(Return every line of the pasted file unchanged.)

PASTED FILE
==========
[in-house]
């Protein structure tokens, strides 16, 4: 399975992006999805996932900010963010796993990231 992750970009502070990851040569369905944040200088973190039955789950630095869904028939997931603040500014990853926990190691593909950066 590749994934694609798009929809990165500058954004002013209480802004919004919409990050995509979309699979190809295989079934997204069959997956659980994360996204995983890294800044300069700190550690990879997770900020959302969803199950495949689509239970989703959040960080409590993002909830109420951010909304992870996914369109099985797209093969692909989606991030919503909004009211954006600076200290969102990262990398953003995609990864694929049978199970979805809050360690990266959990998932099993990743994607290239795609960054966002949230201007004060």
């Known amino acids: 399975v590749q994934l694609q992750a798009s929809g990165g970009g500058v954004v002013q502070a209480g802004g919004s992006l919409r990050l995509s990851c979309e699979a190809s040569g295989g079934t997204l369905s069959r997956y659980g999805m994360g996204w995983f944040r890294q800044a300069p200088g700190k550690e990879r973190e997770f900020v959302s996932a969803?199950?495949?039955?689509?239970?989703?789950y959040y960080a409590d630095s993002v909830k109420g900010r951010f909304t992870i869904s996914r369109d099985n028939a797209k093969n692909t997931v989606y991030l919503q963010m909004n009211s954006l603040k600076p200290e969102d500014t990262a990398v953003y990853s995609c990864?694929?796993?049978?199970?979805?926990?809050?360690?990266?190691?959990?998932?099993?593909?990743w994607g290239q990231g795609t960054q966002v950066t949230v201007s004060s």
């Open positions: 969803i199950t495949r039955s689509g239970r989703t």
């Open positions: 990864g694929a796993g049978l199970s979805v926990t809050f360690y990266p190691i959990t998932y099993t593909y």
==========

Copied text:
[in-house]
């Protein structure tokens, strides 16, 4: 399975992006999805996932900010963010796993990231 992750970009502070990851040569369905944040200088973190039955789950630095869904028939997931603040500014990853926990190691593909950066 590749994934694609798009929809990165500058954004002013209480802004919004919409990050995509979309699979190809295989079934997204069959997956659980994360996204995983890294800044300069700190550690990879997770900020959302969803199950495949689509239970989703959040960080409590993002909830109420951010909304992870996914369109099985797209093969692909989606991030919503909004009211954006600076200290969102990262990398953003995609990864694929049978199970979805809050360690990266959990998932099993990743994607290239795609960054966002949230201007004060």
């Known amino acids: 399975v590749q994934l694609q992750a798009s929809g990165g970009g500058v954004v002013q502070a209480g802004g919004s992006l919409r990050l995509s990851c979309e699979a190809s040569g295989g079934t997204l369905s069959r997956y659980g999805m994360g996204w995983f944040r890294q800044a300069p200088g700190k550690e990879r973190e997770f900020v959302s996932a969803?199950?495949?039955?689509?239970?989703?789950y959040y960080a409590d630095s993002v909830k109420g900010r951010f909304t992870i869904s996914r369109d099985n028939a797209k093969n692909t997931v989606y991030l919503q963010m909004n009211s954006l603040k600076p200290e969102d500014t990262a990398v953003y990853s995609c990864?694929?796993?049978?199970?979805?926990?809050?360690?990266?190691?959990?998932?099993?593909?990743w994607g290239q990231g795609t960054q966002v950066t949230v201007s004060s």
């Open positions: 969803i199950t495949r039955s689509g239970r989703t």
């Open positions: 990864g694929a796993g049978l199970s979805v926990t809050f360690y990266p190691i959990t998932y099993t593909y």